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US, Russia spy swap: Why London is a hotbed of spies

The US-Russia spy swap today in Vienna was aimed at bringing a quick close to spy tales that have transfixed the media. But London – a magnet for Russians – is likely to remain a hotbed of spies.

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“The history of relations between Britain and the USSR were full of intelligence problems and spats,” says Alex Pravda, at the Chatham House think tank. “Recently though ... Britain has become seen in Moscow as a center for potential Russian opposition, and the presence of Berezovsky and Zakayev in London are seen as evidence that Britain is willing to give them safe haven.”

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Aside from dissidents, the Russian community is present at almost every level of London society. Tens of thousands of Russians have made Britain their home since the first waves of bankers, students, refugees, and others began arriving in the early 1990s. In some years, the British authorities issued more than 100,000 visas.

The sound of Russian is commonplace on the upmarket shopping thoroughfare of King’s Road in Chelsea. At least four Russian-language newspapers have sprouted, along with grocery stores with Russian foods, Russian-language schools, and Russian legal firms.

Olga Yartseva, a student at University College London who moved here at age 11 when her father came here to work, tells of a trend: wealthy Moscow parents sending their children here for school. The children then return to Russia to work in the family business.

Admitting to a happy ambivalence about her own identity – “I spend half of my life in Moscow and the other half in London” – she admires how Russian oligarchs have connected with their adopted homeland. “What I like ... is the way that they contribute to British society, through charity but also by investing. They don’t isolate themselves. They integrate.”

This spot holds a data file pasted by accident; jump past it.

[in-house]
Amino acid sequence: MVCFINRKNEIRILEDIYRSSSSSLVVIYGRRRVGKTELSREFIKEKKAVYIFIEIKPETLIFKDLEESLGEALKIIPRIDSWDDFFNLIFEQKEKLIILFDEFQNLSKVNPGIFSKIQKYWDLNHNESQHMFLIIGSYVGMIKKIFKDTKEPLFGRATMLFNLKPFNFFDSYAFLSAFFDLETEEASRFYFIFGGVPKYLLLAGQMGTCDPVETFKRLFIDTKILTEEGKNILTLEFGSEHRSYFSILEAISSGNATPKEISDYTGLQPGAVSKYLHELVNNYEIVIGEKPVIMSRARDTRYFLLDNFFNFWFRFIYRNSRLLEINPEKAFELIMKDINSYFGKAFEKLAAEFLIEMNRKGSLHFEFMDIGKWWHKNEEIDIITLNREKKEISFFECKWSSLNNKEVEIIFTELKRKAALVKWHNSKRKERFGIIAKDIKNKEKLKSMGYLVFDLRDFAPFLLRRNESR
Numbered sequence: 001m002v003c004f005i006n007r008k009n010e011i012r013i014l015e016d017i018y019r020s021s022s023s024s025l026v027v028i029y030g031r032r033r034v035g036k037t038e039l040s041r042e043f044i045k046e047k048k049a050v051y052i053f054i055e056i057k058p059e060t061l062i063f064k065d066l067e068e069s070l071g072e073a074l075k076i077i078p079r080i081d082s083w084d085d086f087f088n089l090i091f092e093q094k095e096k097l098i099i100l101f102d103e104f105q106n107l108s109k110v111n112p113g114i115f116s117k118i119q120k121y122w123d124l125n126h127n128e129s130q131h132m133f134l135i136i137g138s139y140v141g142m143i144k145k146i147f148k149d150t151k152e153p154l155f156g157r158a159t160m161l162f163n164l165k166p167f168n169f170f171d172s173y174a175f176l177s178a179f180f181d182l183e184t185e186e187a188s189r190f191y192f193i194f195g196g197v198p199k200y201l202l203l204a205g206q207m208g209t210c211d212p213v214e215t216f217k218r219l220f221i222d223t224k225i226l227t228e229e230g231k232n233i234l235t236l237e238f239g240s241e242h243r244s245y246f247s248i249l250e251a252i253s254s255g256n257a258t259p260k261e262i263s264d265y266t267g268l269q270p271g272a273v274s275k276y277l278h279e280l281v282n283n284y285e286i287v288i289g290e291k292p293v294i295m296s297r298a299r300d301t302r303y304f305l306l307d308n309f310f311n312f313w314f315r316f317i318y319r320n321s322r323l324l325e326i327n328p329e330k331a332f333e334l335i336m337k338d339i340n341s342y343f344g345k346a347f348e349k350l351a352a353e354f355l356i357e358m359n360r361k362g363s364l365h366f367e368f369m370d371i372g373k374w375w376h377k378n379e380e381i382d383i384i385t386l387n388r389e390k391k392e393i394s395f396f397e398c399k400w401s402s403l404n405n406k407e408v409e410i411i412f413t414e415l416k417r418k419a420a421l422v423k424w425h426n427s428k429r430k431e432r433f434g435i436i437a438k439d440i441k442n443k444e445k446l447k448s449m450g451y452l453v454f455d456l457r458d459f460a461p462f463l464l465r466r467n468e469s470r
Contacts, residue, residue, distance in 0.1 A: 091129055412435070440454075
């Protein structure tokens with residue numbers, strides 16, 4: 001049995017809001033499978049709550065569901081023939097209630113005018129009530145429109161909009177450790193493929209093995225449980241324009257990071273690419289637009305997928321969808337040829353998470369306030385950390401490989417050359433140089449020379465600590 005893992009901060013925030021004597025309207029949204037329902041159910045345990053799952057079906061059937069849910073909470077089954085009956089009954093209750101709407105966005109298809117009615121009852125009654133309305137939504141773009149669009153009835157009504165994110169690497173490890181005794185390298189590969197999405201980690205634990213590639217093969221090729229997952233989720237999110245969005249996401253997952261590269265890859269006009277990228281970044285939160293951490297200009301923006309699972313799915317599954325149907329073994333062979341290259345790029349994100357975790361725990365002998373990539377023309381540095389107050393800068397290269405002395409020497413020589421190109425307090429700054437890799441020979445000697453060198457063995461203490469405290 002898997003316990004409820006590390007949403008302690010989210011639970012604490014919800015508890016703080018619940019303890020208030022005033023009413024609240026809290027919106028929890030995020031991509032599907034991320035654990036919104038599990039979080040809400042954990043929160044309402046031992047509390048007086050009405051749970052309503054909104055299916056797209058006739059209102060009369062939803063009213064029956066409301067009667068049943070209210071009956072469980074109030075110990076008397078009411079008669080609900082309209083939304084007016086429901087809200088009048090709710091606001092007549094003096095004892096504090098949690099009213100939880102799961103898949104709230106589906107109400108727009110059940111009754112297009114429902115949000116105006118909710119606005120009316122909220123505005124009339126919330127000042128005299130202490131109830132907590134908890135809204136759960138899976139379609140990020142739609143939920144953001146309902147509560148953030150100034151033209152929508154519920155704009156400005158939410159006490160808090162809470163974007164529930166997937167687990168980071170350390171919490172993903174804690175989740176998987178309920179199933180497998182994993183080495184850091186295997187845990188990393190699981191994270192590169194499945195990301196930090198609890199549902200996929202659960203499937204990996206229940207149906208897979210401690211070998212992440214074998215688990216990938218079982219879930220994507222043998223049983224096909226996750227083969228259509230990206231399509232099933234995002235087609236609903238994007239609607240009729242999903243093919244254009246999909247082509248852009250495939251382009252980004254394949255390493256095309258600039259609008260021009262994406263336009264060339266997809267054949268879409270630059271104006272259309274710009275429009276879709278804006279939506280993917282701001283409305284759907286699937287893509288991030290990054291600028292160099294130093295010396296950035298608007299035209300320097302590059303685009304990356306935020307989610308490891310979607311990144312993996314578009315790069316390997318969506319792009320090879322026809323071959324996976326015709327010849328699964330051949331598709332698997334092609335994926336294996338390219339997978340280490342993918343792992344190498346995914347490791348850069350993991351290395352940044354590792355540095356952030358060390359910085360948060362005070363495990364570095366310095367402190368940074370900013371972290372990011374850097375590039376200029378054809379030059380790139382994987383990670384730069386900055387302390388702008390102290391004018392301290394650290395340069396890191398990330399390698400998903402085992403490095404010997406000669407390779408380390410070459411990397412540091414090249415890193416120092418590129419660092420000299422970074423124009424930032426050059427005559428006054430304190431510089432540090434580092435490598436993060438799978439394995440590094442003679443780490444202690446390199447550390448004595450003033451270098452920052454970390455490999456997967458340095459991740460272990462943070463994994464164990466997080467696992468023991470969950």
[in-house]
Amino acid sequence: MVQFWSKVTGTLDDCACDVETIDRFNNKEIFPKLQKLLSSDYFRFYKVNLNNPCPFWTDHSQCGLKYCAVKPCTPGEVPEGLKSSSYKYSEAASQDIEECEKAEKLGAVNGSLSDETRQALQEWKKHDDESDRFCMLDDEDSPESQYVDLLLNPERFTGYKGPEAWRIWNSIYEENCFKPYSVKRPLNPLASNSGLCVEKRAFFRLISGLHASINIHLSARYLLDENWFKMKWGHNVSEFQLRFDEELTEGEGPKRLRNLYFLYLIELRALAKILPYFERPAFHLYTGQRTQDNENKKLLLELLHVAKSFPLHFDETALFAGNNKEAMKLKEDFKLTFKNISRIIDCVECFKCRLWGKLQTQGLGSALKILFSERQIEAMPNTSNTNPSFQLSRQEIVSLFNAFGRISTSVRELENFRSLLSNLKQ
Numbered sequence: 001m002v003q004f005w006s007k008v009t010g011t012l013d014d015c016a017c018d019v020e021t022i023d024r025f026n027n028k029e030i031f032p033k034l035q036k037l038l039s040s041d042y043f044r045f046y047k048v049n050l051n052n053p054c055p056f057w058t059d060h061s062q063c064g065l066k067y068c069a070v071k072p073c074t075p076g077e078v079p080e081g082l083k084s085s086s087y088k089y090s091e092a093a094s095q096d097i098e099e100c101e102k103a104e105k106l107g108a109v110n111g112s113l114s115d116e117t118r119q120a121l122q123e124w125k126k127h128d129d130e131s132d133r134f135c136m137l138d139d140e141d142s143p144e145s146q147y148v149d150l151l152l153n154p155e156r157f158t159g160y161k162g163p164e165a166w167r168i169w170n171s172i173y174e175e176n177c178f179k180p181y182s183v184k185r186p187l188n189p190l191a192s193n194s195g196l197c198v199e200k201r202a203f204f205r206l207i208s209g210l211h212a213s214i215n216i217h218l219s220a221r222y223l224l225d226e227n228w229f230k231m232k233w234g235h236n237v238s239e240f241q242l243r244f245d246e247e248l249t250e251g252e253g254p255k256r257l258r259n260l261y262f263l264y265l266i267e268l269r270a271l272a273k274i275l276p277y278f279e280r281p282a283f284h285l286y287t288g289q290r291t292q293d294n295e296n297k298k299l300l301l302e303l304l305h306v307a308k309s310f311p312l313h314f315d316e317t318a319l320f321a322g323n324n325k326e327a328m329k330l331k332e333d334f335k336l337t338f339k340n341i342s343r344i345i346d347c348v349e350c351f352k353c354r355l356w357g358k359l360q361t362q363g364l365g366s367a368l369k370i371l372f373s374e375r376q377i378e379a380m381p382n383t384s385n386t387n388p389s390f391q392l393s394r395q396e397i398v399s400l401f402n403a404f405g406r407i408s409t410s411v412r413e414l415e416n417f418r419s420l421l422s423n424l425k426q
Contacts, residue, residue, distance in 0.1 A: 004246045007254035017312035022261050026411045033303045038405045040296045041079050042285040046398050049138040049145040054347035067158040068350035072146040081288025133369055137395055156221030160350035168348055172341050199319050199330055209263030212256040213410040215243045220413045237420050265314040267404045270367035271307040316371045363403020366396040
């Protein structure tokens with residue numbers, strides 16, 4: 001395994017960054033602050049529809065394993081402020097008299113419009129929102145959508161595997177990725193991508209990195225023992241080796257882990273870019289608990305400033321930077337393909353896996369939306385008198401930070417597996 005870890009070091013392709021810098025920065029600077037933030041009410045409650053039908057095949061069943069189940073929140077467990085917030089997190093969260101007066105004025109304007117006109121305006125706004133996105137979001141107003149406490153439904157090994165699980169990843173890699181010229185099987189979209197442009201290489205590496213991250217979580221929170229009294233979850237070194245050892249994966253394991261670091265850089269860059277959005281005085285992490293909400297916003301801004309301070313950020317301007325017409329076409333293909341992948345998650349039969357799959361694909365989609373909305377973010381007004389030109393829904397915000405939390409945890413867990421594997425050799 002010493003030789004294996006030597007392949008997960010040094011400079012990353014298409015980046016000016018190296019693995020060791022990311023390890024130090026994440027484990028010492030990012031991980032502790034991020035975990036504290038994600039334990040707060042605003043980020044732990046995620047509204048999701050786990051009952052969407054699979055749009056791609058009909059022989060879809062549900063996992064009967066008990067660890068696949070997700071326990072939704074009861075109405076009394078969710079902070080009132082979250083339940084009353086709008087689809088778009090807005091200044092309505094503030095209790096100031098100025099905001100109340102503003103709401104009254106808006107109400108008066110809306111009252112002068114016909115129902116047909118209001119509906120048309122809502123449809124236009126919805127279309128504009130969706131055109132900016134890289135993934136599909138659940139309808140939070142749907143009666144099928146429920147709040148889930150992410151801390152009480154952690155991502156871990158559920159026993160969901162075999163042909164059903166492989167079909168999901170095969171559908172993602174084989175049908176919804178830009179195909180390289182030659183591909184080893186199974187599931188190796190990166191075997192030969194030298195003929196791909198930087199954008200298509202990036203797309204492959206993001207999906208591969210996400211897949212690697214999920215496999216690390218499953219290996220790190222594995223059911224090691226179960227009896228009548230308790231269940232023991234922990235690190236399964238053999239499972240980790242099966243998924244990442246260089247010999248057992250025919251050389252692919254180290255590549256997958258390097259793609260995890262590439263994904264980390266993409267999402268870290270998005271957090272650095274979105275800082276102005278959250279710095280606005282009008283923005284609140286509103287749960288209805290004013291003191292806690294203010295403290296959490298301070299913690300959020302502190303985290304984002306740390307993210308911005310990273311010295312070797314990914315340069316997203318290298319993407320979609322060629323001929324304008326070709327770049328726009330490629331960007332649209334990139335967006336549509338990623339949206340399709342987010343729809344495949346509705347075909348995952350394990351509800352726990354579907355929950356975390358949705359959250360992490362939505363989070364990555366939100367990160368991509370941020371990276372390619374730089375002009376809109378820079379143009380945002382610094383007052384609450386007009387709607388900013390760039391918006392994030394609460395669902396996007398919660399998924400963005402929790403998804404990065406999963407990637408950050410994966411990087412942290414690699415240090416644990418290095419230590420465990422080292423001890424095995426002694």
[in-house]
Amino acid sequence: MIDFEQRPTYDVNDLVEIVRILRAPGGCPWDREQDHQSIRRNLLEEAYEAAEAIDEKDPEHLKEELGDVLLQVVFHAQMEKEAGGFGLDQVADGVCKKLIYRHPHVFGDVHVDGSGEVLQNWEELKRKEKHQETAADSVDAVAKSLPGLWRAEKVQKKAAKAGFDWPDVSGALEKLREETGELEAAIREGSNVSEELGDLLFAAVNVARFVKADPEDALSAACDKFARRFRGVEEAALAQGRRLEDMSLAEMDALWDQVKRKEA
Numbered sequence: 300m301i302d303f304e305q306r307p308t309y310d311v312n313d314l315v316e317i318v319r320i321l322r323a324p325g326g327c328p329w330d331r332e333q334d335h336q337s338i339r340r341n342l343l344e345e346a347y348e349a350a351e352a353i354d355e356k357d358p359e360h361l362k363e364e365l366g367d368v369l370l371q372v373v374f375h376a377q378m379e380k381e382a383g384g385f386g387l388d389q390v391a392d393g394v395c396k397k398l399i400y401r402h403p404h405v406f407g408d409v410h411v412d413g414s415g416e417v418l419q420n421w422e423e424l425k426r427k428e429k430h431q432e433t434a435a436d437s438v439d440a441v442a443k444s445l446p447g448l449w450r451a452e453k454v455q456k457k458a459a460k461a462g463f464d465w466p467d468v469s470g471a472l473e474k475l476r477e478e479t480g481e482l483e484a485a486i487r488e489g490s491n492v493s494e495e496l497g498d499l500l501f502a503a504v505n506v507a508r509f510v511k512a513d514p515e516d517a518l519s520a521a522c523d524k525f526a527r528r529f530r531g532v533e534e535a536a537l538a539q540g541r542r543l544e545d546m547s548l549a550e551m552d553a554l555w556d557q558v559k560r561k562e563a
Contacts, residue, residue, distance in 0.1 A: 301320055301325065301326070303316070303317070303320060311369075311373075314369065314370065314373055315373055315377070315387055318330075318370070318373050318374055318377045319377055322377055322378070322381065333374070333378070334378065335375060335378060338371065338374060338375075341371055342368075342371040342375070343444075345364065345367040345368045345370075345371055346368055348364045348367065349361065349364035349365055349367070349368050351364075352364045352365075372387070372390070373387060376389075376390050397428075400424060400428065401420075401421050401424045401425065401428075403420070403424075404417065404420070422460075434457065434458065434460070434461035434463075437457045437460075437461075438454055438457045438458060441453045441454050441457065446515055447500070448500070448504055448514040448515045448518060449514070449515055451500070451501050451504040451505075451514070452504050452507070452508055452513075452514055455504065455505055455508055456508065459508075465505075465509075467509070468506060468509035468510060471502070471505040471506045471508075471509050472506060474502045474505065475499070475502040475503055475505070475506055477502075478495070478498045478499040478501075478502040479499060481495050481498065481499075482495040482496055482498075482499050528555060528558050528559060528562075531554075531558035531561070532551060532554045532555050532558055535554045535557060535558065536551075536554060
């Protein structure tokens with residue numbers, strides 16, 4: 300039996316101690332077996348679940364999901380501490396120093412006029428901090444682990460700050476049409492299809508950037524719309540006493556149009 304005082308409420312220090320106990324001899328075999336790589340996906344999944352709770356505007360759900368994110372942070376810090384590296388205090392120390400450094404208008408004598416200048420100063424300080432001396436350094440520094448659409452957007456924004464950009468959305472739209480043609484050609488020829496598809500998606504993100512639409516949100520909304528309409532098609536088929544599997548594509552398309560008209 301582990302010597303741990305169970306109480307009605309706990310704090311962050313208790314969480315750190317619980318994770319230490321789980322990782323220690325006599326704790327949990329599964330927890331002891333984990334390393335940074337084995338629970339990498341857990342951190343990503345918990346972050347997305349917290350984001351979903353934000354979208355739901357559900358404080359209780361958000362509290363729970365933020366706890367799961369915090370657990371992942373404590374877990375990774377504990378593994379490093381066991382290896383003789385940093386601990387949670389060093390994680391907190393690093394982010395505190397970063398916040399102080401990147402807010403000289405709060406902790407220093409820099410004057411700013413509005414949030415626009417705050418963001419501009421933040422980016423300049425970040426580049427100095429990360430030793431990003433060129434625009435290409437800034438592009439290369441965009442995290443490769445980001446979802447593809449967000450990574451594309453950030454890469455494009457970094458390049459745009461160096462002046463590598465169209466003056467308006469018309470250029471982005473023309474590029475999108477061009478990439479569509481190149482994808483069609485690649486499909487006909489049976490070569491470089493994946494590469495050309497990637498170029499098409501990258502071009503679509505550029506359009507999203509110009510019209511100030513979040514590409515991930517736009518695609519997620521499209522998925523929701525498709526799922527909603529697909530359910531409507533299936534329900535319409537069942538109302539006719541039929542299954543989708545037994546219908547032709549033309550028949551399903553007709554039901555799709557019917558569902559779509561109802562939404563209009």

The best-known oligarch is Chelsea Football Club owner Roman Abramovich, a self-made billionaire listed by Forbes as the 50th richest man in the world. He is joined by Oleg Deripaska, a banking and aluminum tycoon (the world’s 57th richest man), and Alexander Lebedev, a former KGB spy in London in the 1980s. He owns London’s Evening Standard newspaper and The Independent.

Economic interests growing

In some ways, a two-way flow of money between Britain and Russia is shifting relations to a post-Soviet level based more on economic interests. British firms accounted for $20.5 billion of the $265.8 billion Russia has attracted from abroad since the 1991 fall of the Soviet Union.

But among those released by Russia in return for the 10 agents arrested in the United States was Igor Sutyagin, a scientist convicted six years ago of passing atomic secrets to US intelligence. After being flown to London, via Vienna, he is expected to start a new life in Britain.

With yet another Kremlin enemy living in London, Russia’s secret oversight is unlikely to fade anytime soon.

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